Book REVIEW: David Bowie Made Me Gay by Darryl W Bullock 

May 29, 2018

David Bowie Made Me Gay: 100 Years Of LGBT Music by Darryl W Bullock.

THIS comprehensive history encompasses a century of music by and for the LGBT+ community. Bullock has done some serious research but is also driven by a sense of the personal, the enlightening and the profoundly effecting, and as music is often the first place we learn to express who we are, recognises that this is a fundamentally important medium.
LGBT+ musicians have shaped the development of music over the last century, as well as providing a sexually progressive soundtrack to the gay community’s struggle for acceptance.
With the advent of recording technology, LGBT+ messages were for the first time at the forefront of popular music and Bullock examines how those records influenced today’s music. He shares stories of many musicians whose music hasn’t survived but who lived their lives to the fullest, in all their queer glory; from American jazz singers to 1930s German songs like Das Lila Lied (The Lavender Song), with its refrain “We are just different from the others” (probably one of the first recorded songs to directly reference and celebrate homosexuality).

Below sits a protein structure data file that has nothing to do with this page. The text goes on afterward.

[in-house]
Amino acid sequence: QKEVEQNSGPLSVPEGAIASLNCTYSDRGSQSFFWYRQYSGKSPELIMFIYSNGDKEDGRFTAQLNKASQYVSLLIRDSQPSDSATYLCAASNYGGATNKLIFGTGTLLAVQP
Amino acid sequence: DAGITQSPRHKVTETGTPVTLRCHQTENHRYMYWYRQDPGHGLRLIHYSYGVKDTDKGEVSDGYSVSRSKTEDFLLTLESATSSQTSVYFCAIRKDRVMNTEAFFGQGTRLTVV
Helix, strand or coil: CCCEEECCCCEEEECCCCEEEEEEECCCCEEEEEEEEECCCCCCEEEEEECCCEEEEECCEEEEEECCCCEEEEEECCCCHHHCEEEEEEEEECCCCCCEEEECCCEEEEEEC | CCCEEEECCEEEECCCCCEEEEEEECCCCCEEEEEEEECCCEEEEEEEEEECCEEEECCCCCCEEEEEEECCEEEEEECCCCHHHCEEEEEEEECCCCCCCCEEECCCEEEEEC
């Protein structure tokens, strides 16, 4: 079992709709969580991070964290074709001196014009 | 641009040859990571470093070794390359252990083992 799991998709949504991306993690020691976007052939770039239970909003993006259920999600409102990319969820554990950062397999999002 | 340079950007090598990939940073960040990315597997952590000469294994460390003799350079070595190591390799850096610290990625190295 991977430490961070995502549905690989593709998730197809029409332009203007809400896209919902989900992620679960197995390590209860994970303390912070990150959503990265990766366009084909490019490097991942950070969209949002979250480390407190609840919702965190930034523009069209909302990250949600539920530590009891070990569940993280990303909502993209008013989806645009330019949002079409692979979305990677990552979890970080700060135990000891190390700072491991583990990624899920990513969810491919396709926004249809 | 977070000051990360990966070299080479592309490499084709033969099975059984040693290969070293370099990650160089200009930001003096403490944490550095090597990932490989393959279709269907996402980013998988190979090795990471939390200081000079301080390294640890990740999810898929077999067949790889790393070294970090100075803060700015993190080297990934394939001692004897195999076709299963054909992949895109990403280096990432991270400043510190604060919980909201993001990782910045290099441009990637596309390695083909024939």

He examines the almost forgotten Pansy Craze in the years between the two World Wars, when many LGBT+ performers were feted by royalty and Hollywood alike. The book is illustrated with unseen photographs and stuffed with info and insight on the glory years of burgeoning LGBT+ lives in the 1970s-80s, when the emergence of disco and glam rock gave birth to ‘out’ gay pop stars: Elton John, Boy George, Freddie Mercury and George Michael; and asks where we are today, and how much further we have to go.
Definitive, informative and challenging this is a must have for anyone interested in popular LGBT+ creative lives within mainstream culture.
Published by Gerald Duckworth & Co; £18.99.